Folk merged with Rock as Canada merged with America in the seminal band Buffalo Springfield. The name was derived from a brand of steamroller produced in Springfield, Ohio-based company Buffalo-Springfield Steamroller Company. The name proved prophetic as the group steamrolled their way to the top of the charts.

Initial members included Stephan Stills (vocals, guitar, keyboards), Dewey Martin (drums, vocals), Bruce Palmer (bass), Richie Furay (guitar, vocals), and Neil Young (vocals, guitar, piano, harp).

In 1966, the group signed with Atlantic Records and soon released the single “Nowadays Clancy Can’t Even Sing” – in Los Angeles. It became a local LA hit. Instant fame came later that year with the release of “For What It’s Worth”, a strangely abstract name for a scathing, ominous  protest song.

“There’s something happening here,
What it is ain’t exactly clear,
There’s a man with a gun over there,
Tellin’ me I got to beware.

It’s time to stop, children,
What’s that sound,
Everybody look
What’s goin’ down.”

The song struck the right tone at the right time. Nightly news routinely provided the daily body count out of Vietnam. Unfortunate son’s were returned to their parents in flag-draped wooden boxes in growing numbers. Campuses across the land boiled with mistrust and contempt for the leaders that fomented war for their own oily purposes.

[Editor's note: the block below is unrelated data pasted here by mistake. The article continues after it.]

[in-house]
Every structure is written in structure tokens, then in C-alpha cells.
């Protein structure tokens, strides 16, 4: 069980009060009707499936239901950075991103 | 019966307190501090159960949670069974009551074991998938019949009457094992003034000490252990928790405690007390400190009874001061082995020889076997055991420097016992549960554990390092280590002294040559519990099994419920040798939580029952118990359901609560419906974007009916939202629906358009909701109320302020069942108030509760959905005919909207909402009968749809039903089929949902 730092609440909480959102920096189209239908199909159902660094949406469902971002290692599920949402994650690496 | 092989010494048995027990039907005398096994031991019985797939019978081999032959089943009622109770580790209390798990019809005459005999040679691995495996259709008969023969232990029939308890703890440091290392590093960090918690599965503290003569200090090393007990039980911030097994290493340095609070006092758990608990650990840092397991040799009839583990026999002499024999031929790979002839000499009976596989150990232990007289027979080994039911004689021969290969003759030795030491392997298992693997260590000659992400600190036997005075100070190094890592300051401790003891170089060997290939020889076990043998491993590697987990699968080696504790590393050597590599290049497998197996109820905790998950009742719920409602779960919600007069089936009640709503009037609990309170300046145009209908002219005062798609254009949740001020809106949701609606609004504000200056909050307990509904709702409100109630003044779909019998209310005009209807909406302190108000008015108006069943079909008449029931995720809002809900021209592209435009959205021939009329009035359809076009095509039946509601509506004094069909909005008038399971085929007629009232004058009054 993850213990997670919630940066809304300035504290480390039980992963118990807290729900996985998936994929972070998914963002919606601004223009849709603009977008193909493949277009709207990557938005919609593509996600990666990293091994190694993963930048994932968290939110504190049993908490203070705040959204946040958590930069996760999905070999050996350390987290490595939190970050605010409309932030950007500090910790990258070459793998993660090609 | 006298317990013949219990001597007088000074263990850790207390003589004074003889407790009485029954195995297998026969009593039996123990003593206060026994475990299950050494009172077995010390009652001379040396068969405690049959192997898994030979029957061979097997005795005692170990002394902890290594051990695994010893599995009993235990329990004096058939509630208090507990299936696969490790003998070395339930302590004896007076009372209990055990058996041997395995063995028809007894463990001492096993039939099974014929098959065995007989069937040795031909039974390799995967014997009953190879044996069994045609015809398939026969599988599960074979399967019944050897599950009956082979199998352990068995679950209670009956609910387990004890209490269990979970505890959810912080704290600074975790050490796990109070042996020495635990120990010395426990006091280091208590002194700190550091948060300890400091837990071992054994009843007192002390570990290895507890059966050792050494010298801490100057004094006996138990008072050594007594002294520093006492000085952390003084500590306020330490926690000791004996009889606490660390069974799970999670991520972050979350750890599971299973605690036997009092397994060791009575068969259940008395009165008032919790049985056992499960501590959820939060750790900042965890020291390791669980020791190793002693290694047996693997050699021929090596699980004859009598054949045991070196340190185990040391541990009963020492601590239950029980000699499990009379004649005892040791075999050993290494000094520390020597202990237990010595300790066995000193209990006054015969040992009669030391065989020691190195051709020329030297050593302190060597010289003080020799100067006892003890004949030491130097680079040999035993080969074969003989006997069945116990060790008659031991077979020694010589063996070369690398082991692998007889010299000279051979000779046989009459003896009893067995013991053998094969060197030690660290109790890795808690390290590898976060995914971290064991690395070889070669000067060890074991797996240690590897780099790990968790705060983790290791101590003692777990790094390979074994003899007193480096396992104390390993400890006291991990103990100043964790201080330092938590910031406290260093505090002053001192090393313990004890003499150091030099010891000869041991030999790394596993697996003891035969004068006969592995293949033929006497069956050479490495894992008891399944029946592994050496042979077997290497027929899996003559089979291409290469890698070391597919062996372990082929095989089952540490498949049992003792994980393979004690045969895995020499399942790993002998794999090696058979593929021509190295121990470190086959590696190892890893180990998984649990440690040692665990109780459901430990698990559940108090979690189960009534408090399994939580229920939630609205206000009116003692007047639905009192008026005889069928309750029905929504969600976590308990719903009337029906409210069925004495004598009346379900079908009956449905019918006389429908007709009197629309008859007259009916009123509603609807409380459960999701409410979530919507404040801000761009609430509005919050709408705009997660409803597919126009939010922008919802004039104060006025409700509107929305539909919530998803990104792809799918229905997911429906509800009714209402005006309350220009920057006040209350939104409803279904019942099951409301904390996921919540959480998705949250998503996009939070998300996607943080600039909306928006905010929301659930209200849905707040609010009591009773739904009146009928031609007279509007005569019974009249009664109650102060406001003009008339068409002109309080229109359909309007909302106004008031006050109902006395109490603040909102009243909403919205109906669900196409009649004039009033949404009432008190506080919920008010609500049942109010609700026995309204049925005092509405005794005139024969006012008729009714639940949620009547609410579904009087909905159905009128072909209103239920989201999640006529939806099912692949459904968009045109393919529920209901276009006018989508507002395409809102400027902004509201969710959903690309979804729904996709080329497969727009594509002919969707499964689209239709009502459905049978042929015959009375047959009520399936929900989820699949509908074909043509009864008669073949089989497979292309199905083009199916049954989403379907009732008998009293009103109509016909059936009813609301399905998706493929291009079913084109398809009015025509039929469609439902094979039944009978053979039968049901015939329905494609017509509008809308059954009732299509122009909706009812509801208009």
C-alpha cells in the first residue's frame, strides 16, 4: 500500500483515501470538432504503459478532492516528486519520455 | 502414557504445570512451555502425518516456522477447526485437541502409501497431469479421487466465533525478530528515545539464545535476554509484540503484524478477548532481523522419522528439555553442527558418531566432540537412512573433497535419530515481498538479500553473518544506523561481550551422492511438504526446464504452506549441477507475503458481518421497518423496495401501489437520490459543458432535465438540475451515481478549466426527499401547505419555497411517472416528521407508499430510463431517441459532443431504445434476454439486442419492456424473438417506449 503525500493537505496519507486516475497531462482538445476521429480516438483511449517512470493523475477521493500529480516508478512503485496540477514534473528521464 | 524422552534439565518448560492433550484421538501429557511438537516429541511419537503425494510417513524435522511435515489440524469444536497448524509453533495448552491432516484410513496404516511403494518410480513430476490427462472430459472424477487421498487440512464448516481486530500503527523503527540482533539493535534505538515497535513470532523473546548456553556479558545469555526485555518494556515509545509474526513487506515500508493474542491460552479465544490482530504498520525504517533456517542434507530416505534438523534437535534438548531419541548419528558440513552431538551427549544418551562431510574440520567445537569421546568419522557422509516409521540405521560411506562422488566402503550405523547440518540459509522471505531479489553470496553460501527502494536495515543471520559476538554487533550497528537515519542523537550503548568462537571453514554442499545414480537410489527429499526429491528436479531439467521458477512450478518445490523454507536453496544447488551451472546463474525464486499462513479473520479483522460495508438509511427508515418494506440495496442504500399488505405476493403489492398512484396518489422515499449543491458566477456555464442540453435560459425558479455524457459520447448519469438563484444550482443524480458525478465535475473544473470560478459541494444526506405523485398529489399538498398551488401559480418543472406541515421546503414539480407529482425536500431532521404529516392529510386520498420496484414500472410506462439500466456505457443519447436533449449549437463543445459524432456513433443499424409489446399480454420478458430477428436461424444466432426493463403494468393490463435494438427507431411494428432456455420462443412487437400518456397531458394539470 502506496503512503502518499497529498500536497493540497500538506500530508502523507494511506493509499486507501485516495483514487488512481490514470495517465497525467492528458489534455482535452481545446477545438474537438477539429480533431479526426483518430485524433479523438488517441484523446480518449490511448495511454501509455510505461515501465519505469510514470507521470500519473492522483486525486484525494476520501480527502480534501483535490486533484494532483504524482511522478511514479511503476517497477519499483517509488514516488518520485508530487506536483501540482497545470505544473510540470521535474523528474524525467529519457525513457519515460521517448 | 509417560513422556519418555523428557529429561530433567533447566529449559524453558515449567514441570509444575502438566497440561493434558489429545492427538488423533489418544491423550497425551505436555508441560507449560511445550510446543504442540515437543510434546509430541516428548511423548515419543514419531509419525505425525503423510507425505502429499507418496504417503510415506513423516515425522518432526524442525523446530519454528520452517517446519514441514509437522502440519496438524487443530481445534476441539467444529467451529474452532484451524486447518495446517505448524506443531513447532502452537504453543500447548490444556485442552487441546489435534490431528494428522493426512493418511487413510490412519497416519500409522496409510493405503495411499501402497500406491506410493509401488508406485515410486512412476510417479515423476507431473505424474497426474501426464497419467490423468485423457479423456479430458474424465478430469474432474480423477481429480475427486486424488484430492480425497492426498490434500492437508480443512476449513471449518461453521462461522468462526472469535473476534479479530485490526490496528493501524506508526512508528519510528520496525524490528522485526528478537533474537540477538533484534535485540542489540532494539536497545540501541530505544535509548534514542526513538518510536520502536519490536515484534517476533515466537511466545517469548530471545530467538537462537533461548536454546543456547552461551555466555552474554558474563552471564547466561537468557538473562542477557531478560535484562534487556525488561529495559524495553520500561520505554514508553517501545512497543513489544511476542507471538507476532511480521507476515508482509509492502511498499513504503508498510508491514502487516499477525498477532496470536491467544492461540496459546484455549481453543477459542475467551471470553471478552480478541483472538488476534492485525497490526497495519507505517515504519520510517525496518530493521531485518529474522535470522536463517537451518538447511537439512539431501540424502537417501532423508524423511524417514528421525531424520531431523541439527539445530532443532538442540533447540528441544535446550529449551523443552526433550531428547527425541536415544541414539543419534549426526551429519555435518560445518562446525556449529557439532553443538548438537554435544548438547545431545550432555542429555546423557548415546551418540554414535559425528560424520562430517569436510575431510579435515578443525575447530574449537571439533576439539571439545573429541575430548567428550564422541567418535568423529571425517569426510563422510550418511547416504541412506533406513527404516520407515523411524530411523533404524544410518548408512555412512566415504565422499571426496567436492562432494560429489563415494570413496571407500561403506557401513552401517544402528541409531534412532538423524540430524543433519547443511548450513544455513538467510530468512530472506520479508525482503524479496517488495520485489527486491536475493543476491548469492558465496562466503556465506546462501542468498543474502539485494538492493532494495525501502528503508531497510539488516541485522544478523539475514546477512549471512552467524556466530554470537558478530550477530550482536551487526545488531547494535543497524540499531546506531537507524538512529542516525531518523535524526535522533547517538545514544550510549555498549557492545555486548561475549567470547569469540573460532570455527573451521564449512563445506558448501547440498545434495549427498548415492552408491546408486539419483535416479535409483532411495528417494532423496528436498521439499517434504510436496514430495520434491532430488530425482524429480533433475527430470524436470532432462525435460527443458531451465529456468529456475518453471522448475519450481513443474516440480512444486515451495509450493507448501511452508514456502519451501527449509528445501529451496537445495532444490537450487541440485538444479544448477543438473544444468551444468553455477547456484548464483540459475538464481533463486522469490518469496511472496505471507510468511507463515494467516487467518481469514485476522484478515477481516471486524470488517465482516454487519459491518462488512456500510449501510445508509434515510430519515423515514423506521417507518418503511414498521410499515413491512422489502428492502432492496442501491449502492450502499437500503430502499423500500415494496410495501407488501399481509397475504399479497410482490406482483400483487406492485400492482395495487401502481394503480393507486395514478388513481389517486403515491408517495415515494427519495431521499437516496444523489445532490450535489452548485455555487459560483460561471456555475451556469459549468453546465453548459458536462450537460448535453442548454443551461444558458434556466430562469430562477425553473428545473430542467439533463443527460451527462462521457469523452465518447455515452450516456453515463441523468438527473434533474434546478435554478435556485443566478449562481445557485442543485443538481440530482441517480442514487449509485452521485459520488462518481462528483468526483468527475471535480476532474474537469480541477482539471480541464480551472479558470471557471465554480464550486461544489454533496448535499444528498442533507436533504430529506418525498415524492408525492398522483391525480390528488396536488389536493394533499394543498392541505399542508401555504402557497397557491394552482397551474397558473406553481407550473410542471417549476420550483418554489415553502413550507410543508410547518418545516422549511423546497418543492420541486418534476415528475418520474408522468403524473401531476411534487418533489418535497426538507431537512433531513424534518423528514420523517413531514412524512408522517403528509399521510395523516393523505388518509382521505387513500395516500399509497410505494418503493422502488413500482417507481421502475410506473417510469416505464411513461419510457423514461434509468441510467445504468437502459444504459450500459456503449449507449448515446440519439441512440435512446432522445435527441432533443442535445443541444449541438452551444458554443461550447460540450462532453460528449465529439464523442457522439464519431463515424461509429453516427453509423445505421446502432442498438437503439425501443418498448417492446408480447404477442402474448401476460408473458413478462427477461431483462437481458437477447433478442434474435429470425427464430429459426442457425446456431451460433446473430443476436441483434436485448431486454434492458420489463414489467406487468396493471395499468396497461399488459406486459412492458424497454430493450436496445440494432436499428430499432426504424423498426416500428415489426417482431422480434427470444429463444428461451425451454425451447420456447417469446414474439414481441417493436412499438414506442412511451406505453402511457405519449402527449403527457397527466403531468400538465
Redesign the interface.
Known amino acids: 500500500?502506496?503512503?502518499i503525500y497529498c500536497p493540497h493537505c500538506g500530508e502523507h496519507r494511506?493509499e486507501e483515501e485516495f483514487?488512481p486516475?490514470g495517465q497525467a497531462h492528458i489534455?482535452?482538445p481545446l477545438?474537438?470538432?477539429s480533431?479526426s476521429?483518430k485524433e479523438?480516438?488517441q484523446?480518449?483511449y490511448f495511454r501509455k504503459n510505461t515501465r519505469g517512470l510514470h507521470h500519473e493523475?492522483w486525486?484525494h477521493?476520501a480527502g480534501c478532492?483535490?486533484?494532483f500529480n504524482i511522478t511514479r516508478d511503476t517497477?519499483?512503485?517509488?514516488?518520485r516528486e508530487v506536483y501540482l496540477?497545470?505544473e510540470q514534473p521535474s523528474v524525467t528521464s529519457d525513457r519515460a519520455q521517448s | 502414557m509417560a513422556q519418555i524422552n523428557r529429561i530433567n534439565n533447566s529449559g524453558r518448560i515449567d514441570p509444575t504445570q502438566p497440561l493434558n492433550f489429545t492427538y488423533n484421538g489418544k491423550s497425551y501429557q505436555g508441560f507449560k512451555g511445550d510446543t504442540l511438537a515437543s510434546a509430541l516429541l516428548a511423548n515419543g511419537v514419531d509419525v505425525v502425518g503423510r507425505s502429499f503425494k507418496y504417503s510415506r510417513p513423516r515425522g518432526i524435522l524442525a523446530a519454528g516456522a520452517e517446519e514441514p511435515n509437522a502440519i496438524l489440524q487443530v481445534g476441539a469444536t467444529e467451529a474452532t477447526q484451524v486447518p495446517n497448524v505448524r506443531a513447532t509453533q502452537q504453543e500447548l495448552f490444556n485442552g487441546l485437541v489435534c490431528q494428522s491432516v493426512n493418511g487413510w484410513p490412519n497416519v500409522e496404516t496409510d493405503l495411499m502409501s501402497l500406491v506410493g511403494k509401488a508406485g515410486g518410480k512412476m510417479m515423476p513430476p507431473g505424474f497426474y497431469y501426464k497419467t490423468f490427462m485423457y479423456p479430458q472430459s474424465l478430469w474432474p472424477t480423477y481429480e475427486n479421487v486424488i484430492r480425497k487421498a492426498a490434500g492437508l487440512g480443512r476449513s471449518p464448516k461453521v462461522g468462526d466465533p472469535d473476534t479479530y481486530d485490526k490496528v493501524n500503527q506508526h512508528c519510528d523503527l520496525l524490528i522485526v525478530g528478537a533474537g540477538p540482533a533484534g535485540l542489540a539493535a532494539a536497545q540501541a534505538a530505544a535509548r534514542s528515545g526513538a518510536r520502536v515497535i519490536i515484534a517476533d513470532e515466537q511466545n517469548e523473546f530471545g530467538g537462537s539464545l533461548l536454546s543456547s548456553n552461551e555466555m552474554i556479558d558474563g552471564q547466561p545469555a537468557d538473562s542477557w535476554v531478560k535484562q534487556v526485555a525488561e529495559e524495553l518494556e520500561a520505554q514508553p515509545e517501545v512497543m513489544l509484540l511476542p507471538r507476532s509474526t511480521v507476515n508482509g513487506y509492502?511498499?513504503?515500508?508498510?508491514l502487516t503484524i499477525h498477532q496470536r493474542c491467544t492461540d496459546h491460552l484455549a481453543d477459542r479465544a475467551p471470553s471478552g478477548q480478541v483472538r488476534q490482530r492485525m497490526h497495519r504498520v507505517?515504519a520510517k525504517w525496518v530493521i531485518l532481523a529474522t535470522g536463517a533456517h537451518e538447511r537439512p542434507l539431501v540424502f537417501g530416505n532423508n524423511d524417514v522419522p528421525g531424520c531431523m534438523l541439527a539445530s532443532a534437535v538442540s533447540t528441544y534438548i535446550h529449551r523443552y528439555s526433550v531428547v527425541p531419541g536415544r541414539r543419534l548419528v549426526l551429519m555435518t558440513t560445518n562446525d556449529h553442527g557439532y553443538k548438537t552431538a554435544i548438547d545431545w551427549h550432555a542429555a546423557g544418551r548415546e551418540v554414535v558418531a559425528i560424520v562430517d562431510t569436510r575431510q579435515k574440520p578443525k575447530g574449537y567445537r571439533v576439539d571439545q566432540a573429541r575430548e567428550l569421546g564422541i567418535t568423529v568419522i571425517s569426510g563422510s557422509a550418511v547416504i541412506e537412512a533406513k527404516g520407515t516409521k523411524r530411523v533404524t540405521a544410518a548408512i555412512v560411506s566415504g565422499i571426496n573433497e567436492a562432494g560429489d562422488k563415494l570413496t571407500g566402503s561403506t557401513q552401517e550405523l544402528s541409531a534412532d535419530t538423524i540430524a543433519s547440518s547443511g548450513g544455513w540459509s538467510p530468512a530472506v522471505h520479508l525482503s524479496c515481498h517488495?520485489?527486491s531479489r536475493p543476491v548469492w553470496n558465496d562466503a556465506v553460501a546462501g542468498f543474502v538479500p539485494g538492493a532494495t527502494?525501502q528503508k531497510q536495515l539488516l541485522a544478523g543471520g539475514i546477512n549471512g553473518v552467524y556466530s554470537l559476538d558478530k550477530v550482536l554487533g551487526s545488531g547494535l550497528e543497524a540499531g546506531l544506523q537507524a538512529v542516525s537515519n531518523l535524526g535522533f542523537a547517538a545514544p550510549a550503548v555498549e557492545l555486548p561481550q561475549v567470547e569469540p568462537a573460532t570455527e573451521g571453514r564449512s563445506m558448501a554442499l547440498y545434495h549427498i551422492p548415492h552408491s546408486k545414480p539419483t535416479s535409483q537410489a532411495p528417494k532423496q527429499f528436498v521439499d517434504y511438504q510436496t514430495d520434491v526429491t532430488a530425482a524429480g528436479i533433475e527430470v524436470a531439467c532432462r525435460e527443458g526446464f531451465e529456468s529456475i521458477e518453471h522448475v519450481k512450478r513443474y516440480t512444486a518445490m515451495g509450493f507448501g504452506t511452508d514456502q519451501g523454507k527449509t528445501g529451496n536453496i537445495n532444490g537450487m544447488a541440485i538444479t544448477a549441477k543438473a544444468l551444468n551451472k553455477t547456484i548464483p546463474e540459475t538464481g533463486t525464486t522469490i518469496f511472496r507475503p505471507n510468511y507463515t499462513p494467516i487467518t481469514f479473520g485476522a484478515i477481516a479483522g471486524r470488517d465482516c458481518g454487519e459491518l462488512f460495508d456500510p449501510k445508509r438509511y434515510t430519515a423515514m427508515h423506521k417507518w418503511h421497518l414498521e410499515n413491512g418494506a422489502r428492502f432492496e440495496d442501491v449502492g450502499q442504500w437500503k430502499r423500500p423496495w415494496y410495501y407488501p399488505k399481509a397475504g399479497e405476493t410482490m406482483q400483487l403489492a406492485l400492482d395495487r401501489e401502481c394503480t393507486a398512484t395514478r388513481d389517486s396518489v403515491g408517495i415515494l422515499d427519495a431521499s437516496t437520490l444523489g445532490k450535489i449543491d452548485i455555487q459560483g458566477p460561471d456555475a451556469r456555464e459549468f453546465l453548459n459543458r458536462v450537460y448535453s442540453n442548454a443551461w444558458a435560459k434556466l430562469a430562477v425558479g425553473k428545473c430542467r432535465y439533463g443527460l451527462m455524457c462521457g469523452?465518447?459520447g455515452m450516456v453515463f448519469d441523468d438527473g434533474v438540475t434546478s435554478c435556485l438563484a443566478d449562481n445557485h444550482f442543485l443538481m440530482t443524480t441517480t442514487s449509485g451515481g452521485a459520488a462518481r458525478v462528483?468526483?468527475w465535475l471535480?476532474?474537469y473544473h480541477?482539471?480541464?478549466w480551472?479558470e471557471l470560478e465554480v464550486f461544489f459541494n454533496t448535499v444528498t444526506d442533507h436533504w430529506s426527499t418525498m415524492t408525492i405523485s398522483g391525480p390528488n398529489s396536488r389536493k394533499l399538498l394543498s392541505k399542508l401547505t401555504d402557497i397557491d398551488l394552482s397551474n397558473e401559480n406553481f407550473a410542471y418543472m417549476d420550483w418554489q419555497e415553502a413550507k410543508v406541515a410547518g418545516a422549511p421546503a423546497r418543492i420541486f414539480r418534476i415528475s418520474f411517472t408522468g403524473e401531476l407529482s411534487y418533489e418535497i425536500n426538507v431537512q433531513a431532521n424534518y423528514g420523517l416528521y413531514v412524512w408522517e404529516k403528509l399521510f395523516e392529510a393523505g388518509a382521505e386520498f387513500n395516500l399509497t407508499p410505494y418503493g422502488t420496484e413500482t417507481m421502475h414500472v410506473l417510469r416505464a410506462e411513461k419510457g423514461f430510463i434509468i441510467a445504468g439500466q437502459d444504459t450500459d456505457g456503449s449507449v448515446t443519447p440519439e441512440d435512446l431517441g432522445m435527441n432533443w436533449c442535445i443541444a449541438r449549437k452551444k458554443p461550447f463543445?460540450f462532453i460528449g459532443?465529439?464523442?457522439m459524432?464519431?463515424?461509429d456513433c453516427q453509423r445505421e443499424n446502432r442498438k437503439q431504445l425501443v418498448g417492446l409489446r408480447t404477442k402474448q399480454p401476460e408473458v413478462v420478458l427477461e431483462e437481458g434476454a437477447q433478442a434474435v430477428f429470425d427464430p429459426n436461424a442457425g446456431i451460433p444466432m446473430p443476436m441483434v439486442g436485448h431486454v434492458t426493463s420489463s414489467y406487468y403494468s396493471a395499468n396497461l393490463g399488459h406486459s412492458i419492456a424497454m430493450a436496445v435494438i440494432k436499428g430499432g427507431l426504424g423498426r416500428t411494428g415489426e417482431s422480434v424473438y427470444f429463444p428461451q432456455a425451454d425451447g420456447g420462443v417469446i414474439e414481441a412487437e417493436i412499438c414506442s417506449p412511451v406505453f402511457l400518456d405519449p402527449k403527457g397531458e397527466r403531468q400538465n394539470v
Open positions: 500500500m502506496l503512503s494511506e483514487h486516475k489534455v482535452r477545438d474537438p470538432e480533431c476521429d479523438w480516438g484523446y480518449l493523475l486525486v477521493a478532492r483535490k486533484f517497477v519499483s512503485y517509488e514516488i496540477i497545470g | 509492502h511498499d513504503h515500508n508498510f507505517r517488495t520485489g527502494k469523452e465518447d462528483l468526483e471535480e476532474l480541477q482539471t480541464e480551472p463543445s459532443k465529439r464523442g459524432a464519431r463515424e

The Domino Effect was dished out as the reason for the undeclared, and in many minds, illegal war. The theory proffered forth was that if Vietnam fell then Laos, Cambodia, and Thailand would quickly follow and soon most of the world would be controlled by Communists that would then attack and conquer America. As silly as that sounds, the average American swallowed it like a ravenous catfish. All but the thinking individuals at Universities and Colleges fell lockstep with the theory. The government would never lie.

Anti-war protests became daily visuals for TV’s Walter Cronkite, Huntley and Brinkley, and radio hosts nationwide. “Hell no! We won’t go!” became the plaintiff cry of youth. Draft cards were burnt in open defiance of the involuntary induction process that drew heavily from the underprivileged.

Buffalo Springfield fed on that discontent and partook of the abundance of illegal drugs available to them at the time. This led to various “busts” of band members causing instability, cat fights, and mistrust that eroded their collective creativity. There were several member changes over the two-year life of the band.

The groups second, and last, album was titled Buffalo Springfield Again that contained a gathering of forgettable songs with the exception of Bluebird. Wait, I just listened to the song again and it is best forgotten.

After two short years the band had run its course. However, connections made during that time led to solo careers for Stephan Stills and Neil Young and to the combination of Crosby, Stills, Nash, and Young.  

While the band produced only one bellwether tune, it did foster and fuel the ascension of the aforementioned luminaries. The legend of the band grew after their breakup leading inexplicably to their inclusion in the Rock & Roll Hall of Fame in 1997.  Yet in 2016, Delaney & Bonnie are still excluded despite the fact that more than a dozen musicians they influenced have been included. Fitting that the R&RHOF sits in stinky Cleveland.